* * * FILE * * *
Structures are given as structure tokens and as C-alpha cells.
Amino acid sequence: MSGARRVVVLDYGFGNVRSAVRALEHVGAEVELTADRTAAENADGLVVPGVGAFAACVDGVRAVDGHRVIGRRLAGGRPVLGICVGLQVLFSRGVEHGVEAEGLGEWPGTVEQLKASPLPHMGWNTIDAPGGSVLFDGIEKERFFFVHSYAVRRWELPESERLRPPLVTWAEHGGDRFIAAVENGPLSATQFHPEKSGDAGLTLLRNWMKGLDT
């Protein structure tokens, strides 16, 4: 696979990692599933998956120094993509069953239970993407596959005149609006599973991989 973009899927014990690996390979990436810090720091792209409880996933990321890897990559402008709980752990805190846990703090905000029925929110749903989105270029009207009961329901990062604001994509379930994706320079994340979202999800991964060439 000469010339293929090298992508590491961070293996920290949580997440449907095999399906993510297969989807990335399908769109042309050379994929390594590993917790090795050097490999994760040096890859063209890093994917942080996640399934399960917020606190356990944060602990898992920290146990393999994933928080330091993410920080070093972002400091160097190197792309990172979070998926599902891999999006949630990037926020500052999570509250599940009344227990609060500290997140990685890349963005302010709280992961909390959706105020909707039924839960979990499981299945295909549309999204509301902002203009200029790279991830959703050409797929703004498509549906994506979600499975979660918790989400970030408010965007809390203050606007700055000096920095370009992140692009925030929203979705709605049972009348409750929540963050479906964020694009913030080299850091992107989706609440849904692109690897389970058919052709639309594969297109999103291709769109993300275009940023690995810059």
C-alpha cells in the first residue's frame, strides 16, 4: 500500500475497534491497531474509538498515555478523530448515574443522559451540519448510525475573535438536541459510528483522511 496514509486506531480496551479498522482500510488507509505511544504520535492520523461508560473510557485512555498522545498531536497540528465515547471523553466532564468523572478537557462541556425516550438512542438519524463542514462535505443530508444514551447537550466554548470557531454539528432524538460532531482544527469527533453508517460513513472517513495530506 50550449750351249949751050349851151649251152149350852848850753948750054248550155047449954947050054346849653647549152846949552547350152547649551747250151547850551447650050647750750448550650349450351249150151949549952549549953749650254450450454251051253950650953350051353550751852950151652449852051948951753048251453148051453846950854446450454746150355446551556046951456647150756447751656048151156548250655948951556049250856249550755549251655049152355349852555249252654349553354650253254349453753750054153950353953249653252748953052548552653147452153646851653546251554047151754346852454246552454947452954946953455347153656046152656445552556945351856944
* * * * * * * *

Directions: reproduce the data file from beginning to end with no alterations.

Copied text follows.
Structures are given as structure tokens and as C-alpha cells.
Amino acid sequence: MSGARRVVVLDYGFGNVRSAVRALEHVGAEVELTADRTAAENADGLVVPGVGAFAACVDGVRAVDGHRVIGRRLAGGRPVLGICVGLQVLFSRGVEHGVEAEGLGEWPGTVEQLKASPLPHMGWNTIDAPGGSVLFDGIEKERFFFVHSYAVRRWELPESERLRPPLVTWAEHGGDRFIAAVENGPLSATQFHPEKSGDAGLTLLRNWMKGLDT
């Protein structure tokens, strides 16, 4: 696979990692599933998956120094993509069953239970993407596959005149609006599973991989 973009899927014990690996390979990436810090720091792209409880996933990321890897990559402008709980752990805190846990703090905000029925929110749903989105270029009207009961329901990062604001994509379930994706320079994340979202999800991964060439 000469010339293929090298992508590491961070293996920290949580997440449907095999399906993510297969989807990335399908769109042309050379994929390594590993917790090795050097490999994760040096890859063209890093994917942080996640399934399960917020606190356990944060602990898992920290146990393999994933928080330091993410920080070093972002400091160097190197792309990172979070998926599902891999999006949630990037926020500052999570509250599940009344227990609060500290997140990685890349963005302010709280992961909390959706105020909707039924839960979990499981299945295909549309999204509301902002203009200029790279991830959703050409797929703004498509549906994506979600499975979660918790989400970030408010965007809390203050606007700055000096920095370009992140692009925030929203979705709605049972009348409750929540963050479906964020694009913030080299850091992107989706609440849904692109690897389970058919052709639309594969297109999103291709769109993300275009940023690995810059």
C-alpha cells in the first residue's frame, strides 16, 4: 500500500475497534491497531474509538498515555478523530448515574443522559451540519448510525475573535438536541459510528483522511 496514509486506531480496551479498522482500510488507509505511544504520535492520523461508560473510557485512555498522545498531536497540528465515547471523553466532564468523572478537557462541556425516550438512542438519524463542514462535505443530508444514551447537550466554548470557531454539528432524538460532531482544527469527533453508517460513513472517513495530506 50550449750351249949751050349851151649251152149350852848850753948750054248550155047449954947050054346849653647549152846949552547350152547649551747250151547850551447650050647750750448550650349450351249150151949549952549549953749650254450450454251051253950650953350051353550751852950151652449852051948951753048251453148051453846950854446450454746150355446551556046951456647150756447751656048151156548250655948951556049250856249550755549251655049152355349852555249252654349553354650253254349453753750054153950353953249653252748953052548552653147452153646851653546251554047151754346852454246552454947452954946953455347153656046152656445552556945351856944